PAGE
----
[Haskell-cafe] Re: "Haskell is a scripting language inspired by Python."

Richard O'Keefe ok at cs.otago.ac.nz
Fri Nov 5 01:48:29 EDT 2010

On 5/11/2010, at 4:03 AM, Dupont Corentin wrote:

> Hello,
> reading this thread a question came to me:
> Is there a way of automatically deriving programming languages ascendancy?

According to www.oed.com, "ascendancy" means
"The state or quality of being in the ascendant; [having] paramount influence,
dominant control, domination, sway."

I think you may have meant "descent", "ancestry", "phylogeny" or something
like that.

Automatically?  Probably not.
> Like biologist can determine the distance between two genotypes, and determine a hierarchy between species from that.

Until this year I taught some of that stuff.  The distance between two
sequences depends hugely on *what* you choose to measure (which particular
features) and *how* you measure distances (there are similarity matrices
people use, but you have to choose).  Then there are algorithms that give
optimal results but blow up for anything much past 15 species, and people
arguing bitterly about what you should be optimising anyway ("parsimony"
or "maximum likelihood"), and it's much fuzzier than people think.  For
that matter, some of the approaches are valued for providing *many*
plausible trees, and people are advised not to place much trust in an
inferred relationship unless it shows up in a lot of the trees.

Then we turn to human designs, and suddenly THERE IS NO TREE.

Let's take a language that I designed this year for a software engineering
experiment.  It includes ideas from
	- Algol 68
	- a Lisp dialect described in BIT
	- Algol W
	- Ada 81
	- Euclid
	- Fortran 77
	- Mesa
	- Dijkstra's notation
	- SML
	- Pop-2
	- Euler
	- APL
	- Matlab
	- Aleph (the one from CWI)
Hmm.  This might remind you of Larry Wall's explanation that PERL
stands for Pathologically Eclectic Rubbish Lister, but in fact I've
found the mélange to be pleasantly coherent.

Some of the ideas come from more than one language, e.g., the idea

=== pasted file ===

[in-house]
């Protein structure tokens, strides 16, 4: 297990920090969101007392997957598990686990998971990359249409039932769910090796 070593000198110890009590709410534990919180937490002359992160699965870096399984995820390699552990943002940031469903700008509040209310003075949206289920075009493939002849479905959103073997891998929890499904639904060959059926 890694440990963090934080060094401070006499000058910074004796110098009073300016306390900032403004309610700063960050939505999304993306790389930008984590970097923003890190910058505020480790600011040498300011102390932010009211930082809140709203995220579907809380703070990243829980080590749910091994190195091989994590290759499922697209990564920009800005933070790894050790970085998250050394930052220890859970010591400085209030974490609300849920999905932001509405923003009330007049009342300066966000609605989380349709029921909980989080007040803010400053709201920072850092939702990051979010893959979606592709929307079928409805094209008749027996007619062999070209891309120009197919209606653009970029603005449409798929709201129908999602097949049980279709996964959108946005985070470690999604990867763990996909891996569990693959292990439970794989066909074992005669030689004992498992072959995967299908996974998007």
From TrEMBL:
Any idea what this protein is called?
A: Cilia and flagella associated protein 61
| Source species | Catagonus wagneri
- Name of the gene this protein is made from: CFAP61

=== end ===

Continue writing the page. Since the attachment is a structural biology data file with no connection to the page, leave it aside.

of listing the variables that a procedure can read, write, and update
just after its heading comes from Euclid *and* Dijkstra's notation
*and* from SPlint and on the way into Chatterton got hybridised with
an idea taken from Mary *and* Ada that got renamed from the Ada
version because of a conflict with a keyword taken from SETL.

*I* know which languages I was thinking about when I did the design,
but I defy anyone else to look at it and figure out where *everything*
came from.

There's a *rich* history behind Python.  I look at a lot of its features
and say "I know older language XYZ that did this bit" and so on, but I'd
hesitate to guess which ones were actually influential.

By the way, phylogenetic reconstruction where you KNOW that it was just
pure binary branching with no horizontal gene flow is a known NP-hard
problem.  Throw in arbitrary amounts of horizontal gene flow and I
don't expect it to get easier.
> Are you aware of researchs made in the field?
> On the net I found interesting graphs but no comments on the methodology.
> http://www.levenez.com/lang/

That diagram leaves out the heavy influence of Lisp on Prolog.
(Much of it indirect, but definitely there.)
It seems a little odd to see JavaScript and ECMAScript treated as
different languages.

> http://rigaux.org/language-study/diagram.html

That one omits the link from Lisp to Smalltalk.  Smalltalk was VERY much
influenced by Lisp.

The best methodology is
	- ask the language designers
	- read what they have published in the History of Programming
	  Languages (HOPL) conferences or elsewhere
	- check the ACM Oral History Interviews
	- similar things for BCS
	.. anything any historian of recent events would do, really
> Cheers,
> Corentin
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> Haskell-Cafe at haskell.org
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